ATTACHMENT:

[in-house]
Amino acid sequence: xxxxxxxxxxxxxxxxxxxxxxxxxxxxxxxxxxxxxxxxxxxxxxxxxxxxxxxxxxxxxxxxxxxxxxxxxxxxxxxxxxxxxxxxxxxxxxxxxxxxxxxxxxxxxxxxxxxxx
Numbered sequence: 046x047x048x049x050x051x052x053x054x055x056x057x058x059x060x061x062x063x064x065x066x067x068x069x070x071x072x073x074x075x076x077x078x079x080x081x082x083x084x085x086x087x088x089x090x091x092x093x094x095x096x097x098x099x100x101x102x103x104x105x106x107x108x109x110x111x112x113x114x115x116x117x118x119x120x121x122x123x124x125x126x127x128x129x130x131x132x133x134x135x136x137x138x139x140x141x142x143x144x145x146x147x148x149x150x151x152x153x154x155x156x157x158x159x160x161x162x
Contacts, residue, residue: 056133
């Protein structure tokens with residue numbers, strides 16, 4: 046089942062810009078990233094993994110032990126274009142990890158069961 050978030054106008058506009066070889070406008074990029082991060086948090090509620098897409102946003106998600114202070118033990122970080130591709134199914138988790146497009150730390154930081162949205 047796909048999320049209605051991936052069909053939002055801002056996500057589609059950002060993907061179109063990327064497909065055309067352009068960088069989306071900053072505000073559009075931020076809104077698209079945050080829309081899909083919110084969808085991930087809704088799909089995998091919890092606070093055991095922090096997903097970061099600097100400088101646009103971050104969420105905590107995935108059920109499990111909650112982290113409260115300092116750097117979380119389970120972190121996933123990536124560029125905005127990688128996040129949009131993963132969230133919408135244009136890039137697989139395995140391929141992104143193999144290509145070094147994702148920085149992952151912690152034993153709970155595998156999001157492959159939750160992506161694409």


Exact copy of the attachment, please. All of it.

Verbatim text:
[in-house]
Amino acid sequence: xxxxxxxxxxxxxxxxxxxxxxxxxxxxxxxxxxxxxxxxxxxxxxxxxxxxxxxxxxxxxxxxxxxxxxxxxxxxxxxxxxxxxxxxxxxxxxxxxxxxxxxxxxxxxxxxxxxxx
Numbered sequence: 046x047x048x049x050x051x052x053x054x055x056x057x058x059x060x061x062x063x064x065x066x067x068x069x070x071x072x073x074x075x076x077x078x079x080x081x082x083x084x085x086x087x088x089x090x091x092x093x094x095x096x097x098x099x100x101x102x103x104x105x106x107x108x109x110x111x112x113x114x115x116x117x118x119x120x121x122x123x124x125x126x127x128x129x130x131x132x133x134x135x136x137x138x139x140x141x142x143x144x145x146x147x148x149x150x151x152x153x154x155x156x157x158x159x160x161x162x
Contacts, residue, residue: 056133
């Protein structure tokens with residue numbers, strides 16, 4: 046089942062810009078990233094993994110032990126274009142990890158069961 050978030054106008058506009066070889070406008074990029082991060086948090090509620098897409102946003106998600114202070118033990122970080130591709134199914138988790146497009150730390154930081162949205 047796909048999320049209605051991936052069909053939002055801002056996500057589609059950002060993907061179109063990327064497909065055309067352009068960088069989306071900053072505000073559009075931020076809104077698209079945050080829309081899909083919110084969808085991930087809704088799909089995998091919890092606070093055991095922090096997903097970061099600097100400088101646009103971050104969420105905590107995935108059920109499990111909650112982290113409260115300092116750097117979380119389970120972190121996933123990536124560029125905005127990688128996040129949009131993963132969230133919408135244009136890039137697989139395995140391929141992104143193999144290509145070094147994702148920085149992952151912690152034993153709970155595998156999001157492959159939750160992506161694409």